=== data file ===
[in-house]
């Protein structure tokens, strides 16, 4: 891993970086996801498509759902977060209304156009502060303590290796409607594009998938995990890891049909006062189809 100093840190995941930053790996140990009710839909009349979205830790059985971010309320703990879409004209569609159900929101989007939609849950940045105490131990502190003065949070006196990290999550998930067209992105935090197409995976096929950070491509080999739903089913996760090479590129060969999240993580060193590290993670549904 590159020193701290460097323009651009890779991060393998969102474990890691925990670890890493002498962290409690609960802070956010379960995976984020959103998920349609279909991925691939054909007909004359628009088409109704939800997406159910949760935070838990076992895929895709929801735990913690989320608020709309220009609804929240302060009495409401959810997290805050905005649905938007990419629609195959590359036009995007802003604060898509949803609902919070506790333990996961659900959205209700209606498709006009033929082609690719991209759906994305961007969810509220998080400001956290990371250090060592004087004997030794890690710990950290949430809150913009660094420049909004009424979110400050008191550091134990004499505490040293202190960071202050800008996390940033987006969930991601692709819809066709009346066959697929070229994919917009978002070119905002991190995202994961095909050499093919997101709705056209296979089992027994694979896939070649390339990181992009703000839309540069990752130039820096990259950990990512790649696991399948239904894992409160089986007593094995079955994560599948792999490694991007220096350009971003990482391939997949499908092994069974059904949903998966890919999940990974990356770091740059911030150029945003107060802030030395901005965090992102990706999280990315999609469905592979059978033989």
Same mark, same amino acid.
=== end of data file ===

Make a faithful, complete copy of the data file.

[in-house]
């Protein structure tokens, strides 16, 4: 891993970086996801498509759902977060209304156009502060303590290796409607594009998938995990890891049909006062189809 100093840190995941930053790996140990009710839909009349979205830790059985971010309320703990879409004209569609159900929101989007939609849950940045105490131990502190003065949070006196990290999550998930067209992105935090197409995976096929950070491509080999739903089913996760090479590129060969999240993580060193590290993670549904 590159020193701290460097323009651009890779991060393998969102474990890691925990670890890493002498962290409690609960802070956010379960995976984020959103998920349609279909991925691939054909007909004359628009088409109704939800997406159910949760935070838990076992895929895709929801735990913690989320608020709309220009609804929240302060009495409401959810997290805050905005649905938007990419629609195959590359036009995007802003604060898509949803609902919070506790333990996961659900959205209700209606498709006009033929082609690719991209759906994305961007969810509220998080400001956290990371250090060592004087004997030794890690710990950290949430809150913009660094420049909004009424979110400050008191550091134990004499505490040293202190960071202050800008996390940033987006969930991601692709819809066709009346066959697929070229994919917009978002070119905002991190995202994961095909050499093919997101709705056209296979089992027994694979896939070649390339990181992009703000839309540069990752130039820096990259950990990512790649696991399948239904894992409160089986007593094995079955994560599948792999490694991007220096350009971003990482391939997949499908092994069974059904949903998966890919999940990974990356770091740059911030150029945003107060802030030395901005965090992102990706999280990315999609469905592979059978033989």
Same mark, same amino acid.